Pisapia et al. (48) applied an SVM to investigate cerebral ventriculomegaly to better predict the need for shunt placement from a fetal MRI. They attempted to detect patterns of features in images that were not appreciable by visual inspection alone. The algorithm was able to correctly classify post-natal CSF diversion status with 82% accuracy. The authors then ran the SVM on an independent replication cohort study where the model achieved 91% accuracy. We anticipate similar studies in the future showing MLs that could provide significant advantages for neurosurgeons by allowing them to better assess neonates before birth.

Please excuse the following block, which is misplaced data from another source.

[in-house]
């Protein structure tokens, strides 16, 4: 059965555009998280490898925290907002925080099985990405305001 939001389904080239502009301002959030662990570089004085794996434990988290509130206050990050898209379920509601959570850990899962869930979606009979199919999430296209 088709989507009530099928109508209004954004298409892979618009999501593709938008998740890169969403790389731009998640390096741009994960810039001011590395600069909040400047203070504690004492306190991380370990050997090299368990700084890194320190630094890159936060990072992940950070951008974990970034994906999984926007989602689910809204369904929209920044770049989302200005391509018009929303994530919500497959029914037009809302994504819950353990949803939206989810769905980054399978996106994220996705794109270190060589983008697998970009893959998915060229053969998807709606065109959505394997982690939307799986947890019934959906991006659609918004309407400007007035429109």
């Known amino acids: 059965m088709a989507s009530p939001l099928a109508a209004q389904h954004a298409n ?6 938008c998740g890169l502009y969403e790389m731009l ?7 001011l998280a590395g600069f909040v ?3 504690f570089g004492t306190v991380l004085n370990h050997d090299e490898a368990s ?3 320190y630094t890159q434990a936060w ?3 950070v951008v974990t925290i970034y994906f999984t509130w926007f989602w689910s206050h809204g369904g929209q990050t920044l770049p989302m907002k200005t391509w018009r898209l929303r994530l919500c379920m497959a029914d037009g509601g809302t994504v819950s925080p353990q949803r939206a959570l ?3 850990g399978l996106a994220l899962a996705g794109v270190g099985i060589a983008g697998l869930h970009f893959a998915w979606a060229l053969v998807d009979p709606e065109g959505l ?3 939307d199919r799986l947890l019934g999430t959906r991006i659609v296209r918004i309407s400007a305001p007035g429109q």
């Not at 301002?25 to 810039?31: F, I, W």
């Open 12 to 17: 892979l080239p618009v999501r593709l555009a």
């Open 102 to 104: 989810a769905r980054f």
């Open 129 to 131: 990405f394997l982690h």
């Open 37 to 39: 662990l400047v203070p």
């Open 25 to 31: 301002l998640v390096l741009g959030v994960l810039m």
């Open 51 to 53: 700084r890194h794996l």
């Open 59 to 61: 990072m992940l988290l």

With the growth of computational power and the increase in data availability and monitoring, MLs are becoming an exciting tool in neuro ICU research. Nevertheless, its application to clinical practice has been limited. One of the main limitations to the application of MLs in clinical practice is the ethics behind relying on MLs for clinical decision-making. Even though MLs have been shown to outperform standard protocols for clinical decision-making, there is a significant concern regarding who is liable if an ML makes an error. Furthermore, as explained before, due to the “black box” nature of MLs, it would be difficult to identify the source of error if made by an ML. Understandably; not comprehending the process of how an ML makes a conclusion can lead to significant hesitancy when applying MLs to the clinical decision-making process (10). Therefore, MLs, currently, should be used primarily to facilitate decision-making, like that seen with current risk-scoring systems.